The English version of the
Larkin name is a diminutive of Lawrence (Larry or Lar), to which has been added the suffix
"kin," meaning "relative of." Its possible first appearance as a surname was in 1250 in
the village of Chiddingstone in Kent where Theobald and Barthomew Lovekyn paid
rents for Lovekynesgardyn (or what was to become known as Larkins farm). The
English surname "Larkin" and the variant "Larkins" have been mainly concentrated
in the county of Kent. "Larkin" stretched a bit into east Sussex and "Larkins"
into East Anglia, although the numbers in Kent were larger.
Chiddingstone on the Kent/Surrey border was an early place for Larkin (Larkins brewery is located there now). But the main sightings have been further east, along the Medway. The name appeared in title deeds in Chatham and Gillingham in the late 16th and early 17th centuries. Charles Larkin from Gillingham was honoured by a memorial commemorating his stand on parliamentary reform in 1832. There was a well-known Larkin family among the stall-holders in Canning Town in the early 1900's. By the late 19th century, the largest number of Larkins in England was to be found in industrial Lancashire. This was undoubtedly due to the influx of Irish Larkin folk crossing to England in search of relief from hunger and distress during the Great Famine..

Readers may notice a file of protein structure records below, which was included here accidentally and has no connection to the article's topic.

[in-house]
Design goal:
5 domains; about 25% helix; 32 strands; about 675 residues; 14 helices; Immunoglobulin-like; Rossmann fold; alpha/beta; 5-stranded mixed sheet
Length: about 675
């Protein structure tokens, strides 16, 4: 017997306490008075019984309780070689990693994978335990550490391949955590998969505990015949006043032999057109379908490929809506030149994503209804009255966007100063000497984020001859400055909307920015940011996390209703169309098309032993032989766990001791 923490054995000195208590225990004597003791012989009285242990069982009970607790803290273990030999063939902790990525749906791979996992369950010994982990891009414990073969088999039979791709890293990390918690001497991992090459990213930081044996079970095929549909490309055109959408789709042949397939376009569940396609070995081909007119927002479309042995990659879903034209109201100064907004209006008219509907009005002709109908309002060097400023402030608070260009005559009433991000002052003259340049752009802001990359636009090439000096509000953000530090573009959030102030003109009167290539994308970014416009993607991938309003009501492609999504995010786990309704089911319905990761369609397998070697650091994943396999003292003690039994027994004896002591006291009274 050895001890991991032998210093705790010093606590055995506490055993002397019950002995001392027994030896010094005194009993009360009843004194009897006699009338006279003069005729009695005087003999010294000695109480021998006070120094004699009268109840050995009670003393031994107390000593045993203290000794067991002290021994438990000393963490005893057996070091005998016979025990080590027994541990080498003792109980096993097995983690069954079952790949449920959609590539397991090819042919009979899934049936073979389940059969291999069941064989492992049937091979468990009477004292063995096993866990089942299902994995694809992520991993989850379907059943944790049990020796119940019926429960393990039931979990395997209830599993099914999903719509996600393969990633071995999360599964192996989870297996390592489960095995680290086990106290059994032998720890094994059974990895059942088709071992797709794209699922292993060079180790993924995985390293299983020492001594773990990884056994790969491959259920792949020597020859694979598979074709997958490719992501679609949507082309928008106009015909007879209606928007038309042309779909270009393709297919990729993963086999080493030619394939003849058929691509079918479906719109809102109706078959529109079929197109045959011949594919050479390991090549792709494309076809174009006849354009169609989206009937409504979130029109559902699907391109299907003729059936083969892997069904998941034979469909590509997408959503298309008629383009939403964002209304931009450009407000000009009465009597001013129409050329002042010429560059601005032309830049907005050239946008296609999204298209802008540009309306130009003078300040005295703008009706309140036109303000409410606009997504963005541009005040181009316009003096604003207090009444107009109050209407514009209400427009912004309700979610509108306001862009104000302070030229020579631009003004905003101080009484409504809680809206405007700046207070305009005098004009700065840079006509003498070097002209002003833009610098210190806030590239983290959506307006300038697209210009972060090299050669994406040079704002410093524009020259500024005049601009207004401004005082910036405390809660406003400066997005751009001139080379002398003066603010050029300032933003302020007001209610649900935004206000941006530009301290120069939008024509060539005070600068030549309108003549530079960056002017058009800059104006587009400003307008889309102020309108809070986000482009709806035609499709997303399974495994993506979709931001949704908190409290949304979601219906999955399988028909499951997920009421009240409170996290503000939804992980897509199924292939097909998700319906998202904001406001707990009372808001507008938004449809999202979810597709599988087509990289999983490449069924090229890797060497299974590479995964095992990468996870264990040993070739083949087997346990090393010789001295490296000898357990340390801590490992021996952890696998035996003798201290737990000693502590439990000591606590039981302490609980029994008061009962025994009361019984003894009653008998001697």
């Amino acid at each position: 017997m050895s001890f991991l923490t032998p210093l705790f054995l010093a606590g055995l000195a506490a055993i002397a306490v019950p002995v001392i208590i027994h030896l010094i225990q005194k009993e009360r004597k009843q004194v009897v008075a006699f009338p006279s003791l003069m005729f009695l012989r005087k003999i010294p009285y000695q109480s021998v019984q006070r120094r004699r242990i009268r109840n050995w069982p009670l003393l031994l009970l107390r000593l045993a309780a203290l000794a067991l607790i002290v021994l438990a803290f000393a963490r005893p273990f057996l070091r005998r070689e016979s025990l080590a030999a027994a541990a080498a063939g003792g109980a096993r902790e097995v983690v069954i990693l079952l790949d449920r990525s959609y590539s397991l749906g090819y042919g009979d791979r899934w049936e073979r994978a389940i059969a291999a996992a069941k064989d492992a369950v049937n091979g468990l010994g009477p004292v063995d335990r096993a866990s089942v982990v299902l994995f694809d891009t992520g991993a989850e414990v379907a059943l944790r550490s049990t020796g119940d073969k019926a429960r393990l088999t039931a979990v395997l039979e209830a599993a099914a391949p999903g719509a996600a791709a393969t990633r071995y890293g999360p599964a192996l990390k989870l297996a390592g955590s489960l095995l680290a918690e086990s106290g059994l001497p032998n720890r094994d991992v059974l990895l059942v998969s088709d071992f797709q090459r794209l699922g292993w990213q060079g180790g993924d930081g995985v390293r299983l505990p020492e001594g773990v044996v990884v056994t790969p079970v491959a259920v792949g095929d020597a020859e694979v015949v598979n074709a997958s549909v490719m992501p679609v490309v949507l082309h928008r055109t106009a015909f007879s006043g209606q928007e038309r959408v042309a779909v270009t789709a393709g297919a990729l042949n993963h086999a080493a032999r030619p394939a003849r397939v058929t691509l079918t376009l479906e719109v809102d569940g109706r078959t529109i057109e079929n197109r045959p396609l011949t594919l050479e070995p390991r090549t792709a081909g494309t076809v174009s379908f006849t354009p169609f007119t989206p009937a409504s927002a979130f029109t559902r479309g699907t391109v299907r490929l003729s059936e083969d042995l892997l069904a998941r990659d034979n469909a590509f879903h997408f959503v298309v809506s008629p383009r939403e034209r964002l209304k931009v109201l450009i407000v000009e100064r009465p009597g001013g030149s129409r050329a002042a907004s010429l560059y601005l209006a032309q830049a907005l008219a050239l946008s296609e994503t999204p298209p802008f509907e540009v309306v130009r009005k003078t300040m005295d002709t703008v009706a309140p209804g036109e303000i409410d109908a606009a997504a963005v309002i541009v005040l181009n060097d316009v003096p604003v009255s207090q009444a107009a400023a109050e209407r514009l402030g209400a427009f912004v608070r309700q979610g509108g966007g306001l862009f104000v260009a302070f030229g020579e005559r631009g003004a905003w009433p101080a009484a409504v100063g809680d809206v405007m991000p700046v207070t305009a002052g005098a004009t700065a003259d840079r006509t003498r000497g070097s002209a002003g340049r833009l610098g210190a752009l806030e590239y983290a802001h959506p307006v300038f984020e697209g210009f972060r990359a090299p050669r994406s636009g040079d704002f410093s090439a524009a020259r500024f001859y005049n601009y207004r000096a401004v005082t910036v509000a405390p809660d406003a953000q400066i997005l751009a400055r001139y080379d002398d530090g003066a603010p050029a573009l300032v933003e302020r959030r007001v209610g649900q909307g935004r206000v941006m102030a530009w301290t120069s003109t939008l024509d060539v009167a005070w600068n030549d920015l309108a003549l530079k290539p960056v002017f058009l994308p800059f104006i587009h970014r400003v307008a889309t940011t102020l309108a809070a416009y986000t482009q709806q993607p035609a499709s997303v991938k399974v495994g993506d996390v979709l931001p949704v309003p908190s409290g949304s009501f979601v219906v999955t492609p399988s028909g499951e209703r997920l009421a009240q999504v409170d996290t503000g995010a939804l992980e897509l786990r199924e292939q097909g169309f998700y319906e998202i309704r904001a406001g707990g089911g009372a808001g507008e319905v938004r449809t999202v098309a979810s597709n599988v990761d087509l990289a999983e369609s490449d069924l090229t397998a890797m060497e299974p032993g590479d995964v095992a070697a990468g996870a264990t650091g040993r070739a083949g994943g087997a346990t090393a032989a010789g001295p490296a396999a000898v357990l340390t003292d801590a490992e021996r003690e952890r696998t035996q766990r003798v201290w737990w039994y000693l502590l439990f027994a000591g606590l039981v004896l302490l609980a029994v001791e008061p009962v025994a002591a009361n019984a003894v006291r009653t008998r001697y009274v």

The Irish Arms: Our clan emblem represents a papal knighthood awarded to Sir Teig Ó Lorcáin, recorded as having “died in Genoa in January 1589 A.D., coming from Rome”. Checquy gules and argent, a cross azure. Burke's General Armoury p585; Heraldic Scroll of Ireland - Mullins. This would appear to be the only officially recorded Larkin arms for Ireland. The Heraldry Society of Ireland suggests it to have "the highest probability of being native Irish." O'Lorcáin - O'Lurkaine, Lorkan, Lorkin, Larkin, Larken, Larkan, Larkings &c... descendant of Lorcán (diminutive of Lorc -rough or fierce). The name of several distinct families in different parts of IRELAND. The Blue cross ( a cross azure) represents a shield awarded to a participant in the crusades; the red squares (checquy gules) represent war, while the silver (checquy argent) represent peace. This checkerboard pattern may also reflect the King of Ui Maine, Maine the Great, who is sometimes referred to in the annals as "Maine of the Checkerboards".
The Galway Sept of the Larkin Clan, which originated in the ancient kingdom of Hy-Many in County Galway, have their own arms. This was as a result of the marriage of Brían Lorcán to Mary Lawrence about 1640. Brían Lorcán was head of the Larkin families, and Mary was the daughter of Walter Lawrence of Ballymore; whose family had established the town of Lawrencetown, County Galway. These arms represent the coming together of the two families; the cross regule (branched) of the Lawrence's with the Milesian Lion of the Gaelic Lorcán family. These arms can be seen in situ at the graveyard of Meelick Church, County Galway; within which was the Larkin Chapel and their ancestral burial vault.
Above is a rubbing of the arms depicted on the tomb of Anthony Lorcan who was buried within the Larkin Chapel in 1744, alongside his wife Elisabeth McDermott. The Cross regule is taken to be scarlet, as is the original Lawrence cross; and the Milesian Lion is in blue, as is always the heraldic convention within Connacht.